But I also sense that it is the higher-order arguments regarding Biblical creation/ evolution that Misir's attention is really focused on, since he says in concluding: "Scientific thought has provided the necessary tools of investigation that yielded knowledge and information, enabling us to make informed statements on the development of humankind." He however cites none of them, and I admire his caution, because evolution as a scientific principle has been all but disproved. A formidable body of evidence already exists in such works as Icons of Evolution: Science or Myth? by Jonathan Wells (Regnery Publishing, Inc, 2000. 338 pages) and Science & Christianity: Four Views (InterVarsity Press, 2000. 276 pages) http://www.reasons. org/resources/fff/2001issue05/index.shtml# book_reviews. There are others.
Wells, for one, carefully documents his thesis from the work of evolutionary biologists, explaining that the "icons" of evolution-considered to be the best evidence for evolution-are nothing more than scientific myths, in most cases.
The lack of experimental and observational support for evolution's so-called best evidence comes not from recent scientific advances, in most instances, but from long-acknowledged mainstream scientific literature. This lack of support prompts Wells to repeatedly question why textbooks consistently present these "icons" as evidence for evolution when evolutionary biologists understand that these "icons" are equivocal at best in their support for evolution.
He believes that the answer to this question stems from a deliberate effort by Darwinian ideologues to suppress scientific truth out of concern that without these widely known "icons" of evolution, public support for evolution will wane.
The evolutionary "icons" addressed by Wells include: 1) the Miller-Urey experiment; 2) the evolutionary "Tree of Life"; 3) the homology of vertebrate limbs; 4) Haeckel's drawings of vertebrate embryos; 5) Archaeopteryx as the missing link connecting birds to reptiles; 6) the peppered moth story; 7) beak evolution and speciation among Darwin's finches; 8) the laboratory-directed evolution of four-winged fruit flies; 9) equine evolution; and 10) human evolution.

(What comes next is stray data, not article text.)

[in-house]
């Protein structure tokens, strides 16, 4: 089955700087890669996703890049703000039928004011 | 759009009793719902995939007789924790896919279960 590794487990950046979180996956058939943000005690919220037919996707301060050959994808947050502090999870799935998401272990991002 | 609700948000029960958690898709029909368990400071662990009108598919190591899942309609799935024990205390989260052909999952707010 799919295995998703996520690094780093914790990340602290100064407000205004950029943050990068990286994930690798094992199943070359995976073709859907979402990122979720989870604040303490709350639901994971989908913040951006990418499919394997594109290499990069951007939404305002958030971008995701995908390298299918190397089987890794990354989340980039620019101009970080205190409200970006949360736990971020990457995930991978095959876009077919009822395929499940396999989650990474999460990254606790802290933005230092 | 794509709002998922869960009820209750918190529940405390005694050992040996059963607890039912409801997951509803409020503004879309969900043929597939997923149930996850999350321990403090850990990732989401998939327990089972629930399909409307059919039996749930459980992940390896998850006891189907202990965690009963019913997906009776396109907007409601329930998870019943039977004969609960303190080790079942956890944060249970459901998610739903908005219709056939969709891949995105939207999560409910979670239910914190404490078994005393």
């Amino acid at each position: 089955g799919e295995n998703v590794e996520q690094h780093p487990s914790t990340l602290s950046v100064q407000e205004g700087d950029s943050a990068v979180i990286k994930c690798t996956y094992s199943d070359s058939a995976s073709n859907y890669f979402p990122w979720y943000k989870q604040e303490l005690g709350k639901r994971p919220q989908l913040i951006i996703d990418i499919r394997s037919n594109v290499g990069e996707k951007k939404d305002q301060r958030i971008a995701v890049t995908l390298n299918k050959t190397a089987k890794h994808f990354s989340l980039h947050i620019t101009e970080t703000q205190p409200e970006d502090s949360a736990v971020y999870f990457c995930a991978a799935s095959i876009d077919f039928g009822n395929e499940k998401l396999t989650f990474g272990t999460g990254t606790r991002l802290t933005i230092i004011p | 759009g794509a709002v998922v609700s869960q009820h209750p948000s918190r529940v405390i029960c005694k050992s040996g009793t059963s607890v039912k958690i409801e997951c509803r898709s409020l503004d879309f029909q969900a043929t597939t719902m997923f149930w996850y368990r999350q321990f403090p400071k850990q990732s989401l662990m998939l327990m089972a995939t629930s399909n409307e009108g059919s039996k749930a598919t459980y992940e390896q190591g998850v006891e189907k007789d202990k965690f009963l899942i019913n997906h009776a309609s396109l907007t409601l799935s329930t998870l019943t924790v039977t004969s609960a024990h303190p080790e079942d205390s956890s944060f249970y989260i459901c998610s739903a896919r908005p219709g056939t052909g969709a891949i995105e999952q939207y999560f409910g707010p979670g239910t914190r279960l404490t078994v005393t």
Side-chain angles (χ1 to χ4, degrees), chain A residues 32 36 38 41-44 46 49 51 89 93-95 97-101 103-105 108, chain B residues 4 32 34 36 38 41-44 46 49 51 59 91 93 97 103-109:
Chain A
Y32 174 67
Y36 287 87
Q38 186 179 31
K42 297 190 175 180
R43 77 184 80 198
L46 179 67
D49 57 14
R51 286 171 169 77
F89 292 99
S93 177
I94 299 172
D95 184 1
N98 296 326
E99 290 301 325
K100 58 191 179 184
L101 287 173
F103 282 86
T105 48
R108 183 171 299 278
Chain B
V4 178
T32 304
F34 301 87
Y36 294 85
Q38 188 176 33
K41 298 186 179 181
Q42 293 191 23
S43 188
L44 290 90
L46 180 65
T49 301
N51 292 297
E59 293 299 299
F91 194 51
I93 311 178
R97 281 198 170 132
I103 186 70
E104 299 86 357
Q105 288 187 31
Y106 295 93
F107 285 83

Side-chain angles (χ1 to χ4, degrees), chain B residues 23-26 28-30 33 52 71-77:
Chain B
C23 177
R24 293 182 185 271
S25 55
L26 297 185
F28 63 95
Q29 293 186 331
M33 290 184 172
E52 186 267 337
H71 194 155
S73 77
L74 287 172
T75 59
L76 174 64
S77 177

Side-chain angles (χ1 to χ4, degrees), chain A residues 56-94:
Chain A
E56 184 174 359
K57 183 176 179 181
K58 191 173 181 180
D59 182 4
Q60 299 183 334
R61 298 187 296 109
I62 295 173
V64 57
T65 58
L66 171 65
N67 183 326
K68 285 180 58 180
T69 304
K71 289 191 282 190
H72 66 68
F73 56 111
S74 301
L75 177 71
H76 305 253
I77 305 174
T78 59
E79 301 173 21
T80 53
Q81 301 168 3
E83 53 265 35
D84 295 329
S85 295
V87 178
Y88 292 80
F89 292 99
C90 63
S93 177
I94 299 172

In Misir's world of evolution and atheism, the scientific tools have been applied, and the concepts found wanting. Now what?
We conclude that it takes more "faith" to believe in a lie called "Darwinian evolution", and the tragedy of atheism, than to believe in Jesus Christ! Now, we should examine how the scientific tools validate intelligent design and, by inference, creation!
How can the scientific community ever hope to withstand such a terrible attack?
DATELINE: William Jennings Bryan announces he
is running for the 2008 Presidential election.
Nothing to see here. Move along!
These ten evolutionary "icons" have been the subject of enough misrepresentations, falsifications, quote mines, and outright lies by creationists to fill the Encyclopedia Britannica.
Short rebuttals for all of these "icons" (and a few hundred others) are found in the Index of Creationist Claims.
“rapid” means “Rabid”
His book has been panned pretty seriously by scientists:
P.O. Box 666
So Long Sucker, Oklahoma
An autographed statuette of HIM will be included with every purchase.
Yeah, but not by random chance.
Read it for yourself!
So what specific mechanism do you propose replaces random mutation to introduce variation.